Ian Williams reflects on being Black in Canada in essay collection Disorientation — read an excerpt now

Disorientation by Ian Williams is a finalist for the 2021 Hilary Weston Writers' Trust Prize for Nonfiction.

Disorientation is a finalist for the 2021 Hilary Weston Writers' Trust Prize for Nonfiction

Ian Williams is a Brampton, Ont.-raised poet and writer. (Justin Morris)

Disorientation by Ian Williams is a finalist for the 2021 Hilary Weston Writers' Trust Prize for Nonfiction.

The $60,000 prize is the largest prize for nonfiction in Canada. The winner will be announced on Nov. 3, 2021.

In Disorientation, Williams captures the impact of racial encounters on racialized people, especially when one's minding their own business. Sometimes, the consequences are only irritating, but sometimes they are deadly. Driven by the police killings and street protests of 2020, Williams realized he could offer a Canadian perspective on race. He explores things such as: the unmistakable moment when a child realizes they're Black, the 10 characteristics of institutional whiteness, how friendship helps protect against being a target of racism and blame culture.

Williams is a poet, novelist and professor from Brampton, Ont., who is currently teaching at the University of Toronto. His debut novel, Reproduction, won the 2019 Scotiabank Giller Prize. He is also the author of the poetry collection Personals, which was a finalist for the 2013 Griffin Poetry Prize.

Read an excerpt from Disorientation below.

My resolution this year is to learn how to swim. It was my resolution last year. And the year before. And, well, let's stop there. I imagine myself falling out of a burning airplane into the ocean like an action hero. I crash into the water, conscious for a hopeful moment, before floundering and drowning. The scenario is illogical, but I have my reasons.

I also have several reasons for why it is taking me so long to learn.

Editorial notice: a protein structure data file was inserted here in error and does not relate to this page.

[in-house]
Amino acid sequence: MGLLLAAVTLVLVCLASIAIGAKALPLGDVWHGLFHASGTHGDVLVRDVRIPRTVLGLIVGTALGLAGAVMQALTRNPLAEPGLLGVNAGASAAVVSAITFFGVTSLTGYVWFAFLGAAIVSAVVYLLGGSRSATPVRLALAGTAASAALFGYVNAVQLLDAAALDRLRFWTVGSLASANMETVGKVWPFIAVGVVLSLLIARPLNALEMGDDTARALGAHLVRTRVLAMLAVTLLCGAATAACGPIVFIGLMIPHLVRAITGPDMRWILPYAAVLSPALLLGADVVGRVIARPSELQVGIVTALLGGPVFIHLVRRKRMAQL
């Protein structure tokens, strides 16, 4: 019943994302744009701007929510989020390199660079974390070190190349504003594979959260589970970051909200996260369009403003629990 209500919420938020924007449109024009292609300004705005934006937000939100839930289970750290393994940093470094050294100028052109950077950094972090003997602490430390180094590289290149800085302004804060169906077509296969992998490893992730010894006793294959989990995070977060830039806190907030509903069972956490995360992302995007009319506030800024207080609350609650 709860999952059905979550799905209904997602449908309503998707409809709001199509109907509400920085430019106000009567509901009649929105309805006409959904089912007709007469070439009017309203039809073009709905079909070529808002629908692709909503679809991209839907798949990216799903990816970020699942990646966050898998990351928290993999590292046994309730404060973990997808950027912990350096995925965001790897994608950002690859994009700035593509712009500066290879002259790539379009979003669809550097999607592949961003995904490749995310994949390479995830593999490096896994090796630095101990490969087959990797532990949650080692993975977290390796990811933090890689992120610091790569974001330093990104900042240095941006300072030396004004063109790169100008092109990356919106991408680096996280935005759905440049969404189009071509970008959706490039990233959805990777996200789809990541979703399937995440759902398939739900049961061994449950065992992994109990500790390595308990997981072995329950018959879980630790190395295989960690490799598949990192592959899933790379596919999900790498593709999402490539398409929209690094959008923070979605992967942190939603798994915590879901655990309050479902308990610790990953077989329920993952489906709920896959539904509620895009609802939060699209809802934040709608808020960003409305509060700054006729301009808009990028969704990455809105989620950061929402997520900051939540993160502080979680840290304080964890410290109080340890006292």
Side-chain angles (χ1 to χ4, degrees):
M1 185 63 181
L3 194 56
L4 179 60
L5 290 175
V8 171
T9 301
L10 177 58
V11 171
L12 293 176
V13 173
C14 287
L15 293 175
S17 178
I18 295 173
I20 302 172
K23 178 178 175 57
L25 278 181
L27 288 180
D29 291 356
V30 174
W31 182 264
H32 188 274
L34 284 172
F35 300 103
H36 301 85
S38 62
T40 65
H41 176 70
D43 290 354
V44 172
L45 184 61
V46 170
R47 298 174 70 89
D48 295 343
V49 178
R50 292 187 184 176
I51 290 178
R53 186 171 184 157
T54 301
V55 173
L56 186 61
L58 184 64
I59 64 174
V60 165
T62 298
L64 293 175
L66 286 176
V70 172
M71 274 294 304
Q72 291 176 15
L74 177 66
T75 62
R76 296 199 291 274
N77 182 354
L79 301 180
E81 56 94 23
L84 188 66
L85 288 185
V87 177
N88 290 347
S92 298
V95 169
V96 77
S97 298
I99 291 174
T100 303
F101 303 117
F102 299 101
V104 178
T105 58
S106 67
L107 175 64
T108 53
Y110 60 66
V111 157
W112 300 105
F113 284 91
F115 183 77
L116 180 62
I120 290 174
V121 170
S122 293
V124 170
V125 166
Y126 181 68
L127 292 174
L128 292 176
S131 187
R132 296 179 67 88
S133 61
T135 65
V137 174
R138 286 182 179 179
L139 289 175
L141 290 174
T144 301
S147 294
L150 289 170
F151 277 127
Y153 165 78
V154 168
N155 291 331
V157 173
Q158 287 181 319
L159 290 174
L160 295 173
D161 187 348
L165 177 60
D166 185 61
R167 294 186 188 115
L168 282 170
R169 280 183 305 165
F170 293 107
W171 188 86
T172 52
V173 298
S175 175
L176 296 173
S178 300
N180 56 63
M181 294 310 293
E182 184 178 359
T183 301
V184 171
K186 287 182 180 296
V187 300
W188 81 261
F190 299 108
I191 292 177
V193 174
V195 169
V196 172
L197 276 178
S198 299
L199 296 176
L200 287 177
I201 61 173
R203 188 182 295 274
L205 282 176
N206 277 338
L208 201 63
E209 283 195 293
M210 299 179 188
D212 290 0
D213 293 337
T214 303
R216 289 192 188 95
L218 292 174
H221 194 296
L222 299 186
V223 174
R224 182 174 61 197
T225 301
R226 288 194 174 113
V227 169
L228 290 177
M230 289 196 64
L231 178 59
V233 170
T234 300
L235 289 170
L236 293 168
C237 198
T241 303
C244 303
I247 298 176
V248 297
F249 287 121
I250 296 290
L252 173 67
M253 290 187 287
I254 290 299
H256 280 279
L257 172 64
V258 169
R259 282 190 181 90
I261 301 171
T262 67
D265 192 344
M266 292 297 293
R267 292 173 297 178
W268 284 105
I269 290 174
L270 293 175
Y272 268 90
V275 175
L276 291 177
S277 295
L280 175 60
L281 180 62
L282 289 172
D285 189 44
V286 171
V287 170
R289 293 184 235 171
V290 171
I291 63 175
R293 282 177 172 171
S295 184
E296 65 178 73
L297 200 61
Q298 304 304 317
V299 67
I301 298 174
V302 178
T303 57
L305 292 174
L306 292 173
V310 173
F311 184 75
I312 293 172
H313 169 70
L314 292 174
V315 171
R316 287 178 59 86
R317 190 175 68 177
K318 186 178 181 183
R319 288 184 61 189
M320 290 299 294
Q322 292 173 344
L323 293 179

1. All the pools that I've entered have been unpleasantly cold and I don't like the sensation of cold water on my body, especially my back. I don't like the sound of underwater in my ears. You can feel the current of conversations around race, particularly in America. You're entering an environment that has cast you as rebellious, violent, and troublemaking, if Black, and as blameworthy, racist, and heartless, if white. None of this feels good washing over your head.

  2. I haven't learned how to swim because of a story, internalized from childhood, that my aunt told of a Black boy in England who was struggling in a pool. He could have drowned. And the swimming instructor said, Leave him. N……… don't float anyhow. I imagine the instructor turning away to deal with the white students while the Black child splashed and gulped. You already have an internal story that makes you reluctant or fearful to approach the subject of race. If you're Black, you expect any attempt to be met with pity or demands for proof. You've learned early that any mention of a white person in a racial situation that affects you is akin to an accusation. So you bear the microaggressions. If white, maybe you witnessed another white person get eviscerated for a joke or watching out for the welfare of the neighbourhood. So you're just going to avoid Black people. If you see one leaning against a car, you're not going to call the police (that's probably for the best). You're not going to say anything whatsoever about race, because you're not stupid.

  3. The thought of learning to swim among six-year-olds with water wings could be an amusing future anecdote, but I'd rather not endure the present awkwardness. I should know how to swim by now. So pride gets in the way. This type of pride is buoyed by shame rather than deflated by it. You should know more about race, but you're embarrassed to be counted among the ignorant, so you don't ask. Of course, there are adult swimming classes. My racialized friend attended the first session of one where the entire class comprised three shirtless racialized men. It was like Swimming for Immigrants, he said. You don't want to be in the company of people like you.